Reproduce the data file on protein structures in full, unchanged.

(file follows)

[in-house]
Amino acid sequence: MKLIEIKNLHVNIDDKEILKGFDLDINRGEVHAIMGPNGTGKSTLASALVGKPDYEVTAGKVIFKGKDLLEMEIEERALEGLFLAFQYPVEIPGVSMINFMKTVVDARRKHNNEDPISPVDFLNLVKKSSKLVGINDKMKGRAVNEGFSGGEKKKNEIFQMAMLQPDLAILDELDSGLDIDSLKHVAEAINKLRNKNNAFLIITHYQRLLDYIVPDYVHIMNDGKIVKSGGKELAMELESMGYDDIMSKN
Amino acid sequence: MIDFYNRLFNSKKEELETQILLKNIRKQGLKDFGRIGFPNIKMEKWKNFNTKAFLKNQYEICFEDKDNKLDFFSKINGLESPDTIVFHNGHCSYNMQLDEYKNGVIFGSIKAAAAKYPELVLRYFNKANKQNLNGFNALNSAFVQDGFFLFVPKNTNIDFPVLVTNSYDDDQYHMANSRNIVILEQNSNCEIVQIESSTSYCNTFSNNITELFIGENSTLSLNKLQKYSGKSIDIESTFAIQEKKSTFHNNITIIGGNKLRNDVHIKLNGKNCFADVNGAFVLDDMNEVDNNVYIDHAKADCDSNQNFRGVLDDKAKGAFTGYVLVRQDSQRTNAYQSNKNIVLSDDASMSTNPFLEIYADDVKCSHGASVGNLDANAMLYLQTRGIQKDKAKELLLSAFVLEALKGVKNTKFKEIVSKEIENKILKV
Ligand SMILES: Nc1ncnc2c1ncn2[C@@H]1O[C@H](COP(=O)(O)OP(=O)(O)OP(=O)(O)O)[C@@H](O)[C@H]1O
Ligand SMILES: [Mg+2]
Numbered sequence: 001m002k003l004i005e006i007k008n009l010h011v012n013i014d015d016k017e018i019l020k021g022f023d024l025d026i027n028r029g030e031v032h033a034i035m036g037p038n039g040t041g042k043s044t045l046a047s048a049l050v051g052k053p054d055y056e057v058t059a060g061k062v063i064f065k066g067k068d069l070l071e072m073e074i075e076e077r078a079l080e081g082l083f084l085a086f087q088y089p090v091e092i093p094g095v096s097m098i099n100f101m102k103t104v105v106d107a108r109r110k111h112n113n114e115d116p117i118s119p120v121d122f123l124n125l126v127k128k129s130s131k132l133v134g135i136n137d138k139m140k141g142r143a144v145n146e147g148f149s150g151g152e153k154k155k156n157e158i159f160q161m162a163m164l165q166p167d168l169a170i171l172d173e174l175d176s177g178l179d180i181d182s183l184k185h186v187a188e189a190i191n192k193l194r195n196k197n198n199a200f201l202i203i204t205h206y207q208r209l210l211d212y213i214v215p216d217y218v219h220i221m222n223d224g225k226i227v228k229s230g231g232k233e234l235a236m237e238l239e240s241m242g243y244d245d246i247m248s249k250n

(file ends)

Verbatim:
[in-house]
Amino acid sequence: MKLIEIKNLHVNIDDKEILKGFDLDINRGEVHAIMGPNGTGKSTLASALVGKPDYEVTAGKVIFKGKDLLEMEIEERALEGLFLAFQYPVEIPGVSMINFMKTVVDARRKHNNEDPISPVDFLNLVKKSSKLVGINDKMKGRAVNEGFSGGEKKKNEIFQMAMLQPDLAILDELDSGLDIDSLKHVAEAINKLRNKNNAFLIITHYQRLLDYIVPDYVHIMNDGKIVKSGGKELAMELESMGYDDIMSKN
Amino acid sequence: MIDFYNRLFNSKKEELETQILLKNIRKQGLKDFGRIGFPNIKMEKWKNFNTKAFLKNQYEICFEDKDNKLDFFSKINGLESPDTIVFHNGHCSYNMQLDEYKNGVIFGSIKAAAAKYPELVLRYFNKANKQNLNGFNALNSAFVQDGFFLFVPKNTNIDFPVLVTNSYDDDQYHMANSRNIVILEQNSNCEIVQIESSTSYCNTFSNNITELFIGENSTLSLNKLQKYSGKSIDIESTFAIQEKKSTFHNNITIIGGNKLRNDVHIKLNGKNCFADVNGAFVLDDMNEVDNNVYIDHAKADCDSNQNFRGVLDDKAKGAFTGYVLVRQDSQRTNAYQSNKNIVLSDDASMSTNPFLEIYADDVKCSHGASVGNLDANAMLYLQTRGIQKDKAKELLLSAFVLEALKGVKNTKFKEIVSKEIENKILKV
Ligand SMILES: Nc1ncnc2c1ncn2[C@@H]1O[C@H](COP(=O)(O)OP(=O)(O)OP(=O)(O)O)[C@@H](O)[C@H]1O
Ligand SMILES: [Mg+2]
Numbered sequence: 001m002k003l004i005e006i007k008n009l010h011v012n013i014d015d016k017e018i019l020k021g022f023d024l025d026i027n028r029g030e031v032h033a034i035m036g037p038n039g040t041g042k043s044t045l046a047s048a049l050v051g052k053p054d055y056e057v058t059a060g061k062v063i064f065k066g067k068d069l070l071e072m073e074i075e076e077r078a079l080e081g082l083f084l085a086f087q088y089p090v091e092i093p094g095v096s097m098i099n100f101m102k103t104v105v106d107a108r109r110k111h112n113n114e115d116p117i118s119p120v121d122f123l124n125l126v127k128k129s130s131k132l133v134g135i136n137d138k139m140k141g142r143a144v145n146e147g148f149s150g151g152e153k154k155k156n157e158i159f160q161m162a163m164l165q166p167d168l169a170i171l172d173e174l175d176s177g178l179d180i181d182s183l184k185h186v187a188e189a190i191n192k193l194r195n196k197n198n199a200f201l202i203i204t205h206y207q208r209l210l211d212y213i214v215p216d217y218v219h220i221m222n223d224g225k226i227v228k229s230g231g232k233e234l235a236m237e238l239e240s241m242g243y244d245d246i247m248s249k250n